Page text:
Even at Denny’s. Enough said.
    (Although they will charge you 50 cents for it.)

  6. You can be a vegan and go to a dairy.
    Because a dairy is a local corner shop. You’re welcome.

  7. You can drive 40mins to an hour from Auckland and find yourself in some National Geographic-like locations.
    While Auckland itself -let’s be real- is nothing remarkable, its surrounding are breathtaking. Everything is so green and lush! And these places are so easy to reach it’s very plausible that we will be going hiking/swimming/skiing/surfing/canoeing every single weekend if/when we move here at the end of our wanderings.

  8. Everyone has lived in a van at some point in their life.
    Every time we mention to someone that we’ve just bought a van and are about to set off for some travelling around New Zealand, every single person will recall their own experience doing exactly the same -possibly with the same kind of converted car and the same equipment bought in the same shop.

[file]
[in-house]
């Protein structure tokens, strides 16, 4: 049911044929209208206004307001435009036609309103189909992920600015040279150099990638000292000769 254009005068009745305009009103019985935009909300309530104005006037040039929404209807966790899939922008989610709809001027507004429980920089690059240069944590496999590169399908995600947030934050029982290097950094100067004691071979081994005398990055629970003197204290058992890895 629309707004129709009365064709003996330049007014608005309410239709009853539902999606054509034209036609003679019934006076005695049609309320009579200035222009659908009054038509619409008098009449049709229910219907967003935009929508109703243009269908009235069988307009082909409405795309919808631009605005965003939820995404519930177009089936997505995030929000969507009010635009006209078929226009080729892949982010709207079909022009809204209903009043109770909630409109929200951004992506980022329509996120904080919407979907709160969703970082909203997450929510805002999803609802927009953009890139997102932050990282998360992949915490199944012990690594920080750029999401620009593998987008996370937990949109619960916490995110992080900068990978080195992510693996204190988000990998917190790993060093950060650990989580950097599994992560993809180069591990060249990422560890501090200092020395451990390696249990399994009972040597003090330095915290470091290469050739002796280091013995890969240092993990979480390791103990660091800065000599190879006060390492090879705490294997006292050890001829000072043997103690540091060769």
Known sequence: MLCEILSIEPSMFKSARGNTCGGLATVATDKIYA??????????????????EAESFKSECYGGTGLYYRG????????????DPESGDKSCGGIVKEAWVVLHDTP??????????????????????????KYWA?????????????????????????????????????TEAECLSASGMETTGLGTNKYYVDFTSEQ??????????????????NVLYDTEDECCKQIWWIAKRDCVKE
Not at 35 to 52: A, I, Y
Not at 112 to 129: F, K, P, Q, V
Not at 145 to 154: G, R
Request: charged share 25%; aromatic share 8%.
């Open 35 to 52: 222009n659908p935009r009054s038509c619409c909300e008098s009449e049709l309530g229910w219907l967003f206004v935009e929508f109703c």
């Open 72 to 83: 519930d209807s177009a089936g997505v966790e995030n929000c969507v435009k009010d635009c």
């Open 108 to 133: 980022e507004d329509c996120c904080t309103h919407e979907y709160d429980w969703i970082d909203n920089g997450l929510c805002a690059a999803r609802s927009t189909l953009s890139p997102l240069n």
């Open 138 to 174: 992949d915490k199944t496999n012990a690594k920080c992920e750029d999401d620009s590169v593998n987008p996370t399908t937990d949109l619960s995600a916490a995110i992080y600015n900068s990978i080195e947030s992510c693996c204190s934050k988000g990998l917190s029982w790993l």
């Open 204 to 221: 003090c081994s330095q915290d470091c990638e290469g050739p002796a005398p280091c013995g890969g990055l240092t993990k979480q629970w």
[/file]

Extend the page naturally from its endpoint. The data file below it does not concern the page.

9. There is no such thing as unlimited Wi-fi.
    I’ll give you a moment to take that in.
  10. You know when they told you that people walk around barefoot?
    It’s true.

Last night in London

“Did you know that Nelson’s column is facing towards Southampton?”
It’s 10pm on Wednesday, June 22nd, and we are in Trafalgar Square, just because we happened to be there. We’ve just been to our farewell dinner with the last friends we had to say goodbye to, and my eyes are blurry with tears.
Today is my last day in London.

I’ve been thinking about this infamous last time for months now, and now that THE LAST TIME is finally here it doesn’t feel like I was expecting it.